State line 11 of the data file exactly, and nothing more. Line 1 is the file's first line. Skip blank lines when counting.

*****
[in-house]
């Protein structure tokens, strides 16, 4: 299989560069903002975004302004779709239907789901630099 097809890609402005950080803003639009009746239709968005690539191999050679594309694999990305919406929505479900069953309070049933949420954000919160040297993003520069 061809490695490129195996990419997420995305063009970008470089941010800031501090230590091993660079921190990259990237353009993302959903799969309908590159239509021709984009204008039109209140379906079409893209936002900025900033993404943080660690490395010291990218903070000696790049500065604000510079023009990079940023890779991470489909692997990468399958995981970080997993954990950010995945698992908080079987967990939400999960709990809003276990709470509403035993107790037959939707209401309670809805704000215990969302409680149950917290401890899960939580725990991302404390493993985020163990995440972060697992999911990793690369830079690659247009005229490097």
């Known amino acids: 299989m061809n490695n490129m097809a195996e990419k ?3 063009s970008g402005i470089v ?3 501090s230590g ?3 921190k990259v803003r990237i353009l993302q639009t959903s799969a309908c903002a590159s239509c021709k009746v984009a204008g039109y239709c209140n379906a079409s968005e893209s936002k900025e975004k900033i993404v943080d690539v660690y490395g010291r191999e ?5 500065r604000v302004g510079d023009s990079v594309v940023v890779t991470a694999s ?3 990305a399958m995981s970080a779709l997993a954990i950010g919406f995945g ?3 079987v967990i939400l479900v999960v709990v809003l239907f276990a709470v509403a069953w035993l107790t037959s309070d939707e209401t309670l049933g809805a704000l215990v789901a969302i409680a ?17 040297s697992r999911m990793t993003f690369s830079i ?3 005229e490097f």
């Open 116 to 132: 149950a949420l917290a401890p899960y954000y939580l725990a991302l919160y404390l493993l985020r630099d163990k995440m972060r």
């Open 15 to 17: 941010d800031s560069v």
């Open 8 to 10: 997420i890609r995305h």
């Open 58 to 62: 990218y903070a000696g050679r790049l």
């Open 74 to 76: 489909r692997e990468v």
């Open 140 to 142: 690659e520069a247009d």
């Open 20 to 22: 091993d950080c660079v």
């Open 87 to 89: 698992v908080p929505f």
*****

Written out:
């Open 87 to 89: 698992v908080p929505f």